Why ice size matters to Wisconsin men’s hockey amid NCAA debate on bigger rinks

MILWAUKEE — What’s beautiful to one hockey coach is blah to another.

The quick nature of the game on a small rink is appealing to University of Wisconsin men’s hockey coach Tony Granato. The lack of possession caused by bodies and sticks coming together more easily can be ugly, UMass coach Greg Carvel said.

College hockey is played on rinks across the U.S. that vary in width from the NHL standard of 85 feet to the Olympic measurement of 100 feet. There has been a tug-of-war over the last 30 years on which extreme produces a better standard of play.

That spectrum was in play with the four teams at the Holiday Face-Off on Wednesday and Thursday. UW and UMass have home rinks closer to the large end; Clarkson and Lake Superior State are on the small side.

Clarkson won the championship on Fiserv Forum’s 85-foot rink Thursday night with a 3-1 victory against the Badgers but Granato was unequivocal about the experience of playing on the small sheet during the tournament.

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“It’s great hockey,” he said.

Don’t expect any changes to what’s in place at the Kohl Center soon. There has been interest by the Badgers in shrinking the rink width going back to the Mike Eaves coaching era that ended in 2016 but it’s a costly change.

UW senior associate athletic director Jason King said cost estimates of changing the Kohl Center configuration for a smaller ice sheet are between $2.5 million and $3 million. A reworking has been discussed, King said, but there are no specific plans.

Hockey can seem leisurely at times when there’s extra width to the rink, especially compared to the hitting and frenetic pace that comes more with the NHL size.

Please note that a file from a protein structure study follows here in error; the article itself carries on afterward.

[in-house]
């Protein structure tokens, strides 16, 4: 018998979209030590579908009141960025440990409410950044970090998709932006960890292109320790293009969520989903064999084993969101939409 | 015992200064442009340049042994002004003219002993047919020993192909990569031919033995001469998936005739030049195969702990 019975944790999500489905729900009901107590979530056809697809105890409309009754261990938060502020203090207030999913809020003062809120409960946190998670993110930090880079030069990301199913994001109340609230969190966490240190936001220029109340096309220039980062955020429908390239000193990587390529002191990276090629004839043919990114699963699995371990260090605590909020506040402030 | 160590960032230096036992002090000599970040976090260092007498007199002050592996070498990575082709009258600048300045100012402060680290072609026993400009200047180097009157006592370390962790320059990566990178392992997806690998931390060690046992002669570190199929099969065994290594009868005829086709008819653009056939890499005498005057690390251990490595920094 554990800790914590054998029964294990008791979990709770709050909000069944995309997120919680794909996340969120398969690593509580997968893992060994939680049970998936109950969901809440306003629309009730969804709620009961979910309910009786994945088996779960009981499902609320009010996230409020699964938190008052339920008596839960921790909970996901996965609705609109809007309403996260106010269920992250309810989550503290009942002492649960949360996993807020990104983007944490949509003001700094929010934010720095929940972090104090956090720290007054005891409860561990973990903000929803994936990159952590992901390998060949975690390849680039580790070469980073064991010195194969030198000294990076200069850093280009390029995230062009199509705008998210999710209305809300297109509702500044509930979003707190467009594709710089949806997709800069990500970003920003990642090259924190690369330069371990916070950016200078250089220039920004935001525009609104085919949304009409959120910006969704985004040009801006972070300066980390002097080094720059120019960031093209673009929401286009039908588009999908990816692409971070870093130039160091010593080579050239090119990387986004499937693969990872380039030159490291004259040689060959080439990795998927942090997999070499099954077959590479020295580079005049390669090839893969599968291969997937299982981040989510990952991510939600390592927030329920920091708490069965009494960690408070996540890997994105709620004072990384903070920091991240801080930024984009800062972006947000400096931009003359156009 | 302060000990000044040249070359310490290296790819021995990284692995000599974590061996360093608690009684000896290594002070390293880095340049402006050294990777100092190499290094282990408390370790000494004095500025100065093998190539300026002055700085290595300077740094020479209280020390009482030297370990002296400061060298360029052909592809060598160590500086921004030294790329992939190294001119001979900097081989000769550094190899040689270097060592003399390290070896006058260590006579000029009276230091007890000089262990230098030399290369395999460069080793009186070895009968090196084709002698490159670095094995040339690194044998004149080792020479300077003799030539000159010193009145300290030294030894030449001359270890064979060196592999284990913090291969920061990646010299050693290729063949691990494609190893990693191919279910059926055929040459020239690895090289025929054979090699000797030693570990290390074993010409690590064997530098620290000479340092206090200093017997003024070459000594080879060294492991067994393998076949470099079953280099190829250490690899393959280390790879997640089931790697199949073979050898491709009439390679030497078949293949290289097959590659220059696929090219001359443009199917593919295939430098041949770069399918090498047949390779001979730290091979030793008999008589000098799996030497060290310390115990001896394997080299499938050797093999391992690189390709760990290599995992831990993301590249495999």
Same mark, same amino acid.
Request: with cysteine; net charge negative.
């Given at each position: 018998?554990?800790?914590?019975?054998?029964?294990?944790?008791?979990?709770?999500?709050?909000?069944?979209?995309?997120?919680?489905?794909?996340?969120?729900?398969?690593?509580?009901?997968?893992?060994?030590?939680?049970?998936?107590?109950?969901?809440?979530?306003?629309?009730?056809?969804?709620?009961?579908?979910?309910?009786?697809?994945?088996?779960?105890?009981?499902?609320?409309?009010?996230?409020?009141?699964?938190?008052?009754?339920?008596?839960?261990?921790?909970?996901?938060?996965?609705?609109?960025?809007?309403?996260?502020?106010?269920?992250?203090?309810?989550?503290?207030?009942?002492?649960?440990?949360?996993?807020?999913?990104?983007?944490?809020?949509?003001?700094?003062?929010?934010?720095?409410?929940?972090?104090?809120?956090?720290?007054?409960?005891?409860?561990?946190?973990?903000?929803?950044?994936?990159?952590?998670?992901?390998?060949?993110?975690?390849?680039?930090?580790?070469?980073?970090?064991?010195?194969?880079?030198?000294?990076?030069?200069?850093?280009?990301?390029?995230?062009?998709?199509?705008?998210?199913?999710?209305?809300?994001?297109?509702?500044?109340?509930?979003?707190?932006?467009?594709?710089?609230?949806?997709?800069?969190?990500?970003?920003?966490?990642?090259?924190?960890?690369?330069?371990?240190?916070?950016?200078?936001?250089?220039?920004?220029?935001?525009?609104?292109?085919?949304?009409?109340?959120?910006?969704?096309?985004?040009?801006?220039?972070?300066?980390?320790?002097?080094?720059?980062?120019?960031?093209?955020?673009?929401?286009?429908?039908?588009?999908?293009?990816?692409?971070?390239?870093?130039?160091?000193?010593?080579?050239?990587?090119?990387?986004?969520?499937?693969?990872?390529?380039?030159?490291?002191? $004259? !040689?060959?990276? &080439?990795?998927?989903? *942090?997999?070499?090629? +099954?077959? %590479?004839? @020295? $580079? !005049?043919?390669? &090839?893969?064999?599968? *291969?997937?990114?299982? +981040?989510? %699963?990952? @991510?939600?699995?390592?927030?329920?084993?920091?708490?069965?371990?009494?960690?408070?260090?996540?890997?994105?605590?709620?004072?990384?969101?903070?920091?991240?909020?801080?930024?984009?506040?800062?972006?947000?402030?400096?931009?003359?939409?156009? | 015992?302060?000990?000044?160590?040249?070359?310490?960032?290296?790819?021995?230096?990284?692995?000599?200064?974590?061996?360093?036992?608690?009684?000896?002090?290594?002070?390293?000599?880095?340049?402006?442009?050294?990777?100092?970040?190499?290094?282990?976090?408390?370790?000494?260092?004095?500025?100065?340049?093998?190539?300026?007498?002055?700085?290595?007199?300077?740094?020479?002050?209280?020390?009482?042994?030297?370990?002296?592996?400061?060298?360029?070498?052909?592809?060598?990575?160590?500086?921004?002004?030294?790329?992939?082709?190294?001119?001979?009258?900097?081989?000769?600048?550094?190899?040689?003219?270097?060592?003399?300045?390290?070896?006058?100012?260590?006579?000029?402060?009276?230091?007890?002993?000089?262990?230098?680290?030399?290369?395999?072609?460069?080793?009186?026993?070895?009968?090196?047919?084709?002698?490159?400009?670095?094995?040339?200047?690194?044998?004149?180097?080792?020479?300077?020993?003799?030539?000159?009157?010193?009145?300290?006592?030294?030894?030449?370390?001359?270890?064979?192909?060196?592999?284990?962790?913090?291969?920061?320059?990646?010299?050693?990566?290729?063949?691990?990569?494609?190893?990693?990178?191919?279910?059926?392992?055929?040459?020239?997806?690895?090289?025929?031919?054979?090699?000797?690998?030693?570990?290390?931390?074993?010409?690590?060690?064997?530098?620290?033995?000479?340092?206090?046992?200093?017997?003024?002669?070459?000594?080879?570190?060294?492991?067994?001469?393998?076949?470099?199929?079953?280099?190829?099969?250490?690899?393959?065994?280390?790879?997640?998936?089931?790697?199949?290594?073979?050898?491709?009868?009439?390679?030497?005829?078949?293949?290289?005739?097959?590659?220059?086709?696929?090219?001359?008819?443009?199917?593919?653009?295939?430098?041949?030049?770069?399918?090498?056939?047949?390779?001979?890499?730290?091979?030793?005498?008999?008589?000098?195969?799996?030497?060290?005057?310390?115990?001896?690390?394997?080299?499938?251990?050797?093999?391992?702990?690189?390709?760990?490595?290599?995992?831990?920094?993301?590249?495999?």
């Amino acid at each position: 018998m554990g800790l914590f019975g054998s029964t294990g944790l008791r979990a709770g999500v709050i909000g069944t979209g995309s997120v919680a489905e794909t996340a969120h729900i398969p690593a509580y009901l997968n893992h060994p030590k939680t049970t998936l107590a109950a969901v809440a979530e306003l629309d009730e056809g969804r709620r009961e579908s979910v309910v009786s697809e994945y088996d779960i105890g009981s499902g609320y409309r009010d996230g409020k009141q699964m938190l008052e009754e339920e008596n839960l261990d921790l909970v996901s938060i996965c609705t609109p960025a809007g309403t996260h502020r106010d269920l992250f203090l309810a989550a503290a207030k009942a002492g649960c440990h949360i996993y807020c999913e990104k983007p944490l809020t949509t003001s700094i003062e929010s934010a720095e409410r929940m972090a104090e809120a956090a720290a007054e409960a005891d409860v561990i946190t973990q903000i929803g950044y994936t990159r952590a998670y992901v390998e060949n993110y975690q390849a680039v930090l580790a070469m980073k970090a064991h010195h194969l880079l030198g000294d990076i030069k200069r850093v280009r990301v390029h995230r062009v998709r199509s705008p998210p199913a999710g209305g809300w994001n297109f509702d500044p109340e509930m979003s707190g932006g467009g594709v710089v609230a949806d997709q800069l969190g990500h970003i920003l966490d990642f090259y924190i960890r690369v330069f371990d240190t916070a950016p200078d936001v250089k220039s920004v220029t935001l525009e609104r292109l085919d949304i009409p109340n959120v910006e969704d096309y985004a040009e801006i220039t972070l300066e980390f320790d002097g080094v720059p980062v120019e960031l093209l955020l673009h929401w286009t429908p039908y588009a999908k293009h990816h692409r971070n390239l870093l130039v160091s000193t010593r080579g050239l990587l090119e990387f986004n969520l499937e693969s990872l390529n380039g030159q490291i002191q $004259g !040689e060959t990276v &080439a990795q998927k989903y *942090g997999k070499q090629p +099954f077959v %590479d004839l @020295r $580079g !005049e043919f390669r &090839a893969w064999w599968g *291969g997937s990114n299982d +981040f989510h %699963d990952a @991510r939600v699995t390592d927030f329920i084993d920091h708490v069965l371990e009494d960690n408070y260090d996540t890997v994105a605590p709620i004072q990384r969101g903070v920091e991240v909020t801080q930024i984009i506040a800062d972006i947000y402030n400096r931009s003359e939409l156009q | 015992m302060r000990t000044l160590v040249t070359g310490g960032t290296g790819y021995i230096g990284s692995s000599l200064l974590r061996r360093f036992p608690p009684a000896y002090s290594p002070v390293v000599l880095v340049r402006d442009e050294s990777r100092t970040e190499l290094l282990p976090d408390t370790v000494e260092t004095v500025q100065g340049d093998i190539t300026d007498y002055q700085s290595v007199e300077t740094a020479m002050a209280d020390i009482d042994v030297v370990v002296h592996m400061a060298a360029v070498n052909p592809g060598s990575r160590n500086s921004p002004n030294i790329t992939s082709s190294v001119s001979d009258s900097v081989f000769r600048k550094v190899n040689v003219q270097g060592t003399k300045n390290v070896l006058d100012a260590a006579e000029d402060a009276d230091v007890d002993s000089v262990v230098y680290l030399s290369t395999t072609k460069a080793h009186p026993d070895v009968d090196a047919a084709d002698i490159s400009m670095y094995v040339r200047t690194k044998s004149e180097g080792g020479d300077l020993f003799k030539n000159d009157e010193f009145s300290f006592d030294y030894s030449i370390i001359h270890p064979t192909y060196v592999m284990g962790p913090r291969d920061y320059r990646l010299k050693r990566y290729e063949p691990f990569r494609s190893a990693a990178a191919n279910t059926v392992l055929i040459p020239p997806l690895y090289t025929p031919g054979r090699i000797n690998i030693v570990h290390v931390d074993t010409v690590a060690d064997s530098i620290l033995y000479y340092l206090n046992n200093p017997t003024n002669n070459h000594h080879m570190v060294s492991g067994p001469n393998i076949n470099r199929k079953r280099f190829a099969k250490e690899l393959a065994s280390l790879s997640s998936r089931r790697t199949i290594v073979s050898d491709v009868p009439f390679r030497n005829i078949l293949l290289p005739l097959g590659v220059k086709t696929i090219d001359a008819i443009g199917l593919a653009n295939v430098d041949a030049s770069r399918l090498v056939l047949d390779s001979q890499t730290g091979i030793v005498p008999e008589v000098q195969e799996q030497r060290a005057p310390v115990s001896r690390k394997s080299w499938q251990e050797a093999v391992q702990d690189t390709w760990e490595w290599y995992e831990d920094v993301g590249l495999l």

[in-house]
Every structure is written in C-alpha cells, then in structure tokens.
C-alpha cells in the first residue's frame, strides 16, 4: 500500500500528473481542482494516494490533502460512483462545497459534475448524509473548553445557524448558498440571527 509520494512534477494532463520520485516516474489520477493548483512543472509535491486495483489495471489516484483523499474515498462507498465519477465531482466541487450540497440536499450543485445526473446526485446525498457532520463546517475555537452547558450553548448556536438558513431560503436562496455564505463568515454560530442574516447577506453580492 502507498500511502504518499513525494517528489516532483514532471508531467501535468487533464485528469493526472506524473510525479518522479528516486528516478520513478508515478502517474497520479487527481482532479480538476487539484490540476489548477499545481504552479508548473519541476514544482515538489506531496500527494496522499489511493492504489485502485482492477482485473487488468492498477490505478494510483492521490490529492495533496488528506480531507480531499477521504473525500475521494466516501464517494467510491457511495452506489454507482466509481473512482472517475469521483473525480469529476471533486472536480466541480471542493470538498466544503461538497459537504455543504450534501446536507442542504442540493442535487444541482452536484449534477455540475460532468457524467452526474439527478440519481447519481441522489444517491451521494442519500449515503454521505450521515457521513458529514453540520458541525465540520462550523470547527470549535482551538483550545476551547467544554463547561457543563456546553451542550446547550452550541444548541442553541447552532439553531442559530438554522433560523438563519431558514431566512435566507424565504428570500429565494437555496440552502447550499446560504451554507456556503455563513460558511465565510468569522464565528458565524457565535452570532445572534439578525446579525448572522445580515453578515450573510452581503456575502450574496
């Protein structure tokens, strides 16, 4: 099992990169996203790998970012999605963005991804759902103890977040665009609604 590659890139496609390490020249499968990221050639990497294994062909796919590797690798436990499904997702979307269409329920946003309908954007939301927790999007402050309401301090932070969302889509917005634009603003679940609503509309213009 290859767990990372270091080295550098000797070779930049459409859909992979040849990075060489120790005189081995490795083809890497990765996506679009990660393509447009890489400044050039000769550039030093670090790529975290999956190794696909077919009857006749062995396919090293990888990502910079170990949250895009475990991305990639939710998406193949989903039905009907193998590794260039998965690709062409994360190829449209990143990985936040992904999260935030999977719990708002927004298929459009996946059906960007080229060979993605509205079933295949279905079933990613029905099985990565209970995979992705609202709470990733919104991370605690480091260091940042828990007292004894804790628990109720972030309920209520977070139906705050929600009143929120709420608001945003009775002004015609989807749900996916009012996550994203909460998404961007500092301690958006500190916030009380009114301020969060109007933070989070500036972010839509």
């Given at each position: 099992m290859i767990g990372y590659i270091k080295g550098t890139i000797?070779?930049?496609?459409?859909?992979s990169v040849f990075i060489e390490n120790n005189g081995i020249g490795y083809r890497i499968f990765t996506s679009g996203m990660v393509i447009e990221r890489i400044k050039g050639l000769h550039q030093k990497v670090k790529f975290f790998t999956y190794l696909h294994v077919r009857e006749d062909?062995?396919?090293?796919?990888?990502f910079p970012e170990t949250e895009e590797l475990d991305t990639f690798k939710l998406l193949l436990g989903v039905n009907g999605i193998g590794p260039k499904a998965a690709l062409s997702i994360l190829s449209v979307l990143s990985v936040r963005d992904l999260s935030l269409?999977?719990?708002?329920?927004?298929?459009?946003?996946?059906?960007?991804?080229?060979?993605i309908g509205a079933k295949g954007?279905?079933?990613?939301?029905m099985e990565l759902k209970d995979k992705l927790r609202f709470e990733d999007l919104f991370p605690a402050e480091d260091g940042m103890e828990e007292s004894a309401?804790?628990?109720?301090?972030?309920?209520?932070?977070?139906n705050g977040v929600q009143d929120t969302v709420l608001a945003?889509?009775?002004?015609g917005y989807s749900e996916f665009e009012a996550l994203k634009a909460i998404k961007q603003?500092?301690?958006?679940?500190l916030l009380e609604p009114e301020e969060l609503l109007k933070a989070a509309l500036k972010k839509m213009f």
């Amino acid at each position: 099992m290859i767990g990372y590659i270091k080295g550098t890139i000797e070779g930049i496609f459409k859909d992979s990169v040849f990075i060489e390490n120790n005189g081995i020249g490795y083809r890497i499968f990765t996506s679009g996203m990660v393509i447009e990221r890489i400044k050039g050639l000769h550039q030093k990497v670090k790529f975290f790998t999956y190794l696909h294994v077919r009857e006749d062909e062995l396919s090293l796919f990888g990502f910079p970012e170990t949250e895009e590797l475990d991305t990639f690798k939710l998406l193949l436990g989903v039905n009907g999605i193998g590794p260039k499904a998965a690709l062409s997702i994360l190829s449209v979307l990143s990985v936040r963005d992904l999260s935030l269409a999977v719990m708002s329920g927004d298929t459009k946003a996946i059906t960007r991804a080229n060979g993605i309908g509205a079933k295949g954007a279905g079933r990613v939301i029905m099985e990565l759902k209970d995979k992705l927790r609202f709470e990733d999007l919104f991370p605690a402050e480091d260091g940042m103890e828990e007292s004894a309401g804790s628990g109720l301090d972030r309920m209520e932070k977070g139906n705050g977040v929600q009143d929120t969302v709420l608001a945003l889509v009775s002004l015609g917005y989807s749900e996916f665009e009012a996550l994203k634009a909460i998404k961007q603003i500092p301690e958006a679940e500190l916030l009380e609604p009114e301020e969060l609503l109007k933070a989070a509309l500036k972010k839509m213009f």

UMass, which won the 2021 NCAA championship, has a 95-foot home rink. Carvel said it’s a bigger adjustment for opposing teams to play there than it is for the Minutemen and others who have large home ice surfaces to play small.

And he wasn’t shy about saying the game can be unattractive on small sheets when the puck is bouncing around uncontrolled.

“You’re hoping the puck goes in off your ankle,” Carvel said. “Whereas in our rink you can be creative. You can hold onto a puck and I think it’s better for development.”

Clarkson tied and won low-scoring games against the Badgers on the bigger ice at the Kohl Center in November 2021 before getting another tight victory Thursday. The Golden Knights used to play ECAC Hockey championship games on the Olympic rink in Lake Placid, New York, before a recent renovation there put in an adjustable-width system.

Fiserv Forum hockey

Fiserv Forum’s ice surface is 85 feet wide compared to 97 feet at the Kohl Center.

Coach Casey Jones said it’s harder for players to get to the quality scoring areas on bigger rinks.

“For us to go to big ice, it’s a lot of empty space outside,” he said. “I think you can defend easier because you can get inside the dots and people don’t get to the net as much. You can settle the game down.”

Lake Superior State coach Damon Whitten said there’s less urgency on the big sheet.

“You slow everything down, and it really hurts you that way,” he said.

Being a big-ice team can hurt in other ways, too.

“Everybody you recruit wants to play in the National Hockey League, and obviously there’s no Olympic sheets in the National Hockey League,” Whitten said. “So my gut would be to continue to attract elite players, you have to play on a sheet that mirrors the highest level.”

UMass and UW can counter with Hobey Baker Award recruiting efforts to teams that play on larger rinks: defenseman Cale Makar for the Minutemen in 2019 and forward Cole Caufield for the Badgers in 2021.

Decisions have to be made faster on small ice and there’s a greater risk for costly turnovers. On special teams, Badgers forward Mathieu De St. Phalle said there’s less time and space to work the puck around.

The NHL rink is still his preference.

“I think we’re a smaller rink kind of team,” De St. Phalle said. “But at the same time we’ve had some great games in the Kohl Center when we’re allowed to play our game and we get to our game early and use our speed. But, yeah, I personally prefer small ice because it’s not as much up and down and easier on the lungs.”

A trend at the time